"While the World Watched," a book about the bombing written in collaboration with Chattanooga native Denise George, was published in January.

Nearly 48 years after the incident, during Black History Month and in the era of America's first black president, McKinstry remains "troubled about the environment still in America" and believes Americans are still "capable of that [type of violence] today."

"We're the only people in the world so concerned with what color people are, with race," she said.

McKinstry said religious bodies and their adherents should take the lead in changing the climate.

"I hope particularly those in the faith community will take the word of God seriously," she said. "We should live by the instruction [God] has given us as a model."


McKinstry grew up in Birmingham. By the time she was a teenager she was steeped in the consequence of racism.

When her grandmother got sick, she was brought to the city and placed in the basement of the hospital because it didn't admit blacks to rooms. She died within two weeks.

When McKinstry was a top citywide, countywide and statewide speller as a student, she wasn't allowed to attend the national competition because of her race.

In 1963, as the civil rights struggle grew to a fever pitch in Birmingham, the Rev. Martin Luther King Jr. often spoke at 16th Street Baptist, which was the scene of numerous meetings of civil rights leaders.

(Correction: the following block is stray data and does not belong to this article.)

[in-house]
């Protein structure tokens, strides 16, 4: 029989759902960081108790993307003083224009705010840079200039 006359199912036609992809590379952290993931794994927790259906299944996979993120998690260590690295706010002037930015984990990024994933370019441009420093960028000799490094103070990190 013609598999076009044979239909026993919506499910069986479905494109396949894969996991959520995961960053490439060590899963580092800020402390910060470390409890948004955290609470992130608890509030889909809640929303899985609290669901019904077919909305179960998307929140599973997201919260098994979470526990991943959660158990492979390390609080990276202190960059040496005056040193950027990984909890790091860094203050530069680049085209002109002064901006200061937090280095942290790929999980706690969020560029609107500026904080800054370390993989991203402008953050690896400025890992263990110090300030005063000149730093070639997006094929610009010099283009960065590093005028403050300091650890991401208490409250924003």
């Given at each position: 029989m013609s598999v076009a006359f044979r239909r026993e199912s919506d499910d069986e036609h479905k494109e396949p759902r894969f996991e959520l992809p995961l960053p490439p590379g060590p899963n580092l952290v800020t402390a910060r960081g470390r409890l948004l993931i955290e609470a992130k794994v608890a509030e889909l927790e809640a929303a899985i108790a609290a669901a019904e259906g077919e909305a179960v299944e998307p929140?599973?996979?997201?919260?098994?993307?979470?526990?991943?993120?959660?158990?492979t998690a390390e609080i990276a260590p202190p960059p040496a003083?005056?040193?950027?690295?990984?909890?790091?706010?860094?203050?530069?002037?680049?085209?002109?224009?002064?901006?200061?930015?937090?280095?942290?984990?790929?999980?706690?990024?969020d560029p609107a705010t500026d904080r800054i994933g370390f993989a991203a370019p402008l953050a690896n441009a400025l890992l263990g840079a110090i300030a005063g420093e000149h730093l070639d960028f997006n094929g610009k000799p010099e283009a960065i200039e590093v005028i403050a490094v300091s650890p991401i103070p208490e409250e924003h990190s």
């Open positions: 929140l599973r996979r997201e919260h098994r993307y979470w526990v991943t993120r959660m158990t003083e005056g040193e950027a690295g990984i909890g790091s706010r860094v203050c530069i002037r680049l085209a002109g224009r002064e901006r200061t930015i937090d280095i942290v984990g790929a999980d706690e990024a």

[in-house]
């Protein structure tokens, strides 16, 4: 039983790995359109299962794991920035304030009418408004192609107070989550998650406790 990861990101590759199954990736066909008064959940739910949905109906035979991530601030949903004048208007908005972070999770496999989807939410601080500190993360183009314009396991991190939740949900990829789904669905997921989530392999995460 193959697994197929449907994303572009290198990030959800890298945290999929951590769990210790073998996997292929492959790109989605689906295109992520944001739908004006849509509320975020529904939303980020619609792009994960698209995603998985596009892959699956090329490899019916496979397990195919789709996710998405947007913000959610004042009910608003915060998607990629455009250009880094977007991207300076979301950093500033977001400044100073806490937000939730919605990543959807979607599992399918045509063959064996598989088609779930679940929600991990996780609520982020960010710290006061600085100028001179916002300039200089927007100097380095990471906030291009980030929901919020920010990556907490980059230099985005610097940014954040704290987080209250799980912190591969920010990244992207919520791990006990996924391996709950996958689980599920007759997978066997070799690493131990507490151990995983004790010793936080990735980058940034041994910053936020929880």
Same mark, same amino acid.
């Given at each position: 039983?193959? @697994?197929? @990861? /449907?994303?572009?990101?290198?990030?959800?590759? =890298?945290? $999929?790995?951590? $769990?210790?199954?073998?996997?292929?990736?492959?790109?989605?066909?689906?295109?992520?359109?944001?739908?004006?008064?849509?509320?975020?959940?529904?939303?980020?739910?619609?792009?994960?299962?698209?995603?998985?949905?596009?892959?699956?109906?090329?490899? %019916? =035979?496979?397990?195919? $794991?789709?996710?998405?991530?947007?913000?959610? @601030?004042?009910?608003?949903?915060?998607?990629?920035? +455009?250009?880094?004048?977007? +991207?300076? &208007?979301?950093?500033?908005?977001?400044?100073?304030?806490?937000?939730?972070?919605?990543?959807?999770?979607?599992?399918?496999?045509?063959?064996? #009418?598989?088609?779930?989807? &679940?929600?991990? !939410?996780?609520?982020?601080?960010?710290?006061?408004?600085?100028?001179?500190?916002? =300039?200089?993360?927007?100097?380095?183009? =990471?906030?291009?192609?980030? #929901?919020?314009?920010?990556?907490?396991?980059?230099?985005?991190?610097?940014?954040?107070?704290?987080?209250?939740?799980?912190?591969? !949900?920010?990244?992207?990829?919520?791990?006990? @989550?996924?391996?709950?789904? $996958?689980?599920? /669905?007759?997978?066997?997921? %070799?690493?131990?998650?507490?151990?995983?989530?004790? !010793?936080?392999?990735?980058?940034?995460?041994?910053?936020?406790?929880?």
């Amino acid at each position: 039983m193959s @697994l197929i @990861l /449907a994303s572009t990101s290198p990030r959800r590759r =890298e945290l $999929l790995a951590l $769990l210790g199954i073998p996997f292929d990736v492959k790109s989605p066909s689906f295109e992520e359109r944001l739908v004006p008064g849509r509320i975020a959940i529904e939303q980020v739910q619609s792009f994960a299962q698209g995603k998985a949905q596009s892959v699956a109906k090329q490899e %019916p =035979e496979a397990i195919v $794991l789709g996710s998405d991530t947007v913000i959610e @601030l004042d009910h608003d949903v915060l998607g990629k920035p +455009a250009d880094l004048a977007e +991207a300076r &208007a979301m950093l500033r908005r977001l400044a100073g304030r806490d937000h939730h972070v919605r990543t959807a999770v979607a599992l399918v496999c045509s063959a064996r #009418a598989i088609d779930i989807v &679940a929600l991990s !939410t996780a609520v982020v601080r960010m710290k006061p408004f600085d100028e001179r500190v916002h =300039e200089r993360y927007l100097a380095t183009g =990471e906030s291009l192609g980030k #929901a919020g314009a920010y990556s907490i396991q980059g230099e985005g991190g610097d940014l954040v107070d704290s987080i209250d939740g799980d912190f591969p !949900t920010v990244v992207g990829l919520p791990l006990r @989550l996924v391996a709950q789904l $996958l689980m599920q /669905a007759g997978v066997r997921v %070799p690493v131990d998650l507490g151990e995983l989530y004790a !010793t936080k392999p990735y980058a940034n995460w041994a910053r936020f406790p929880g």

In May of 1963, she participated in the Children's Crusade, a march by schoolchildren who wanted to confront the mayor about segregation in the city.

"I understood exactly why we were marching," McKinstry said. "We could purchase [something in stores], but we couldn't eat there, couldn't drink out of the water fountains, couldn't use their restroom. We wanted to break down the separate barriers."

During the march, Public Safety Commissioner Bull Connor had fire hoses turned on the hundreds of marchers and subsequently had many arrested.

McKinstry had a portion of scalp torn off by the force of the water, which also blew a hole in her sweater.